Stack Overflow is a community of 4.7 million programmers, just like you, helping each other.

Join them; it only takes a minute:

Sign up
Join the Stack Overflow community to:
  1. Ask programming questions
  2. Answer and help your peers
  3. Get recognized for your expertise

All of my users are a short walk down the hall, and all of my programs run on workstations on the same LAN. Some years ago, I had the staff write the log files for all of their programs to a shared folder hierarchy, naming each log file after the machine name in a sub-directory named after the app.

But this arrangement wasn't that great, since if the file server went down then none of the programs anywhere could write logs. Yet keeping logs local to each workstation would make it a pain in the ass to read them whenever we had to debug a problem.

We tried making a DNS alias for the logging fileserver so we could point it to a backup machine when necessary, but DNS aliases don't work with Windows file shares.

Putting the path to the shared log folder in each program isn't great--even if it's field configurable--because we have dozens of programs on dozens of machines.

We've also looked into using Microsoft's distributed file system, but the price is ridiculous.

I'd like a way to gather the logging for many programs on the local network into one place so I can tail and analyze them without paying a visit to the remote machine. We use .Net for all our programs.

Edit: I'd like to avoid setting up a file-share on each user's workstation, or solutions that trawl for logs each night, since I want to be able to read fresh logs on demand, or moments after a problem is reported.

share|improve this question

10 Answers 10

up vote 1 down vote accepted

You can use MSMQ. Write your logs to a MSMQ queue, and then have a service that picks these logs up and puts them in a database or out to a file in a central location if you want. It wouldn't be instantaneous, but you could tell it to run whenever you want to get new log entries. Plus it would be reliable since it uses MSMQ.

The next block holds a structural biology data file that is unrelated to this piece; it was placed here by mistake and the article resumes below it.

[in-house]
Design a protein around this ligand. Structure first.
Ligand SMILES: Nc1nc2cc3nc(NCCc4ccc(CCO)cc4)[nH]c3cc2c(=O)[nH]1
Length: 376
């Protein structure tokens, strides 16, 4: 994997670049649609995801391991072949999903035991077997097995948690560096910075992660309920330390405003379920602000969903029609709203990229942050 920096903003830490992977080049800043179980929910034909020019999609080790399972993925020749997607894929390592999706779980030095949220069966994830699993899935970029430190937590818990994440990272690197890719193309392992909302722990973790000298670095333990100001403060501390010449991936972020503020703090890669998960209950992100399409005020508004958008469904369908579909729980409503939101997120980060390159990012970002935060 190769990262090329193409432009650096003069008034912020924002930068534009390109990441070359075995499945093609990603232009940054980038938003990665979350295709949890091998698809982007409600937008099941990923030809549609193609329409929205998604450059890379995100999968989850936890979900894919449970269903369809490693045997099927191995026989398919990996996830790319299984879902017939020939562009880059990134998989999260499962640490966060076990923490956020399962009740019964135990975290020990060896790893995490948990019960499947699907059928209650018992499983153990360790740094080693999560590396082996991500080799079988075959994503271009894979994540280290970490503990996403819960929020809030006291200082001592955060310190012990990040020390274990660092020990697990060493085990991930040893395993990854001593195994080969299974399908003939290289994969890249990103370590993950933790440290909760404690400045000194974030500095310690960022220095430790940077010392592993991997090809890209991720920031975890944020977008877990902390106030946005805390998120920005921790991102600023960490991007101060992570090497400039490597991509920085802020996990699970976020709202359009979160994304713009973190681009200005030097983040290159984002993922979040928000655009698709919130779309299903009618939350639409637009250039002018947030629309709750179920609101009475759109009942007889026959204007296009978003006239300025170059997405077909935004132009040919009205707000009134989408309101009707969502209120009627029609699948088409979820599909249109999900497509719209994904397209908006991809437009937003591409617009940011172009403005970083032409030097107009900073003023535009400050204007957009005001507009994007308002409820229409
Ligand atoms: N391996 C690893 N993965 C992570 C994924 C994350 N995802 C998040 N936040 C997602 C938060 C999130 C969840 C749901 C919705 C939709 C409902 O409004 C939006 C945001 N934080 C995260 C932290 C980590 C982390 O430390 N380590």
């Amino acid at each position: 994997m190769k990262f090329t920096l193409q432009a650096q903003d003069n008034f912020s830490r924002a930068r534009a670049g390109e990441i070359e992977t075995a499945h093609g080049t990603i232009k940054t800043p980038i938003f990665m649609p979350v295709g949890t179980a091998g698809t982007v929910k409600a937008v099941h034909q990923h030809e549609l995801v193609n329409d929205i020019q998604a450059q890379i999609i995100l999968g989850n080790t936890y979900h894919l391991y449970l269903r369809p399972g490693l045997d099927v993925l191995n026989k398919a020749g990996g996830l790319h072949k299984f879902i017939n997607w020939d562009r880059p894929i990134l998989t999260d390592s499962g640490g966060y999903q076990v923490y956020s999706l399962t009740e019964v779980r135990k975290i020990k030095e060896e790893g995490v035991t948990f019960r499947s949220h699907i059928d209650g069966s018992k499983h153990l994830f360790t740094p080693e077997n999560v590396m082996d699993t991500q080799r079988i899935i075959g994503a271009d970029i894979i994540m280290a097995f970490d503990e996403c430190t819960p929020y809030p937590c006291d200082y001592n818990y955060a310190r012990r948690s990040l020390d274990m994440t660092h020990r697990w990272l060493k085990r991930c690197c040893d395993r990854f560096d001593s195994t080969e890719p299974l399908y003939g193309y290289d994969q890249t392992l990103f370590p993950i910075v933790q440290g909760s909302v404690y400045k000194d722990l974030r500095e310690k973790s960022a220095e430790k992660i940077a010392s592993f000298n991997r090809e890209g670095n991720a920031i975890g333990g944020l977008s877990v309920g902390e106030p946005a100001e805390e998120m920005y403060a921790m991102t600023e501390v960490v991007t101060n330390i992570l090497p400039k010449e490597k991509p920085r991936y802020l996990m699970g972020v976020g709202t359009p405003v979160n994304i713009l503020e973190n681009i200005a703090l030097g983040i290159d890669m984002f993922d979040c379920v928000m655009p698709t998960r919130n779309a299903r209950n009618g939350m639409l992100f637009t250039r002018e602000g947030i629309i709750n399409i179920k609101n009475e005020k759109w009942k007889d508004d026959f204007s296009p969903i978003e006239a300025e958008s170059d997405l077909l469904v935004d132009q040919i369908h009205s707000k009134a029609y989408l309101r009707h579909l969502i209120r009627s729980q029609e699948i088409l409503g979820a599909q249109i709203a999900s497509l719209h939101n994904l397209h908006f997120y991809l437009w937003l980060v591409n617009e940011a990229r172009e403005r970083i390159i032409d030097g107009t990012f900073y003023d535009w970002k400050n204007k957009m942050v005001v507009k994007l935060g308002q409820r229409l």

share|improve this answer

In an IT environment which I worked in a few years back, we had each machine write it's log files locally and wipe them every five days. The server would log in every night to grab the latest logs from each machine. If the server went down, it would just grab two days worth of logs from everyone. If a client went down, it's log could be grabbed the next day as well.

share|improve this answer

Our shop has had good experience with storing logs in a database table. You can schedule cleanup as a database job whenever you feel like it, to prevent it from getting too large.

share|improve this answer
yes, that's the first thing I thought of. Maybe revert to filesystem if log database cannot be accessed, log that failure once and upload all logs next time server is back up. – dotjoe Jun 9 '09 at 1:48

We use the approach of logging to a known location locally which is shared. Then it's easy to have a second process pull these logs for later processing (dump to database, collect and archive etc). If the collection process dies, then nothing is really is affected.

Make sure you don't have a central point of failure. I've seen examples of this that used a central logging database that all apps depended on and when it went down everything else did too. Not clever.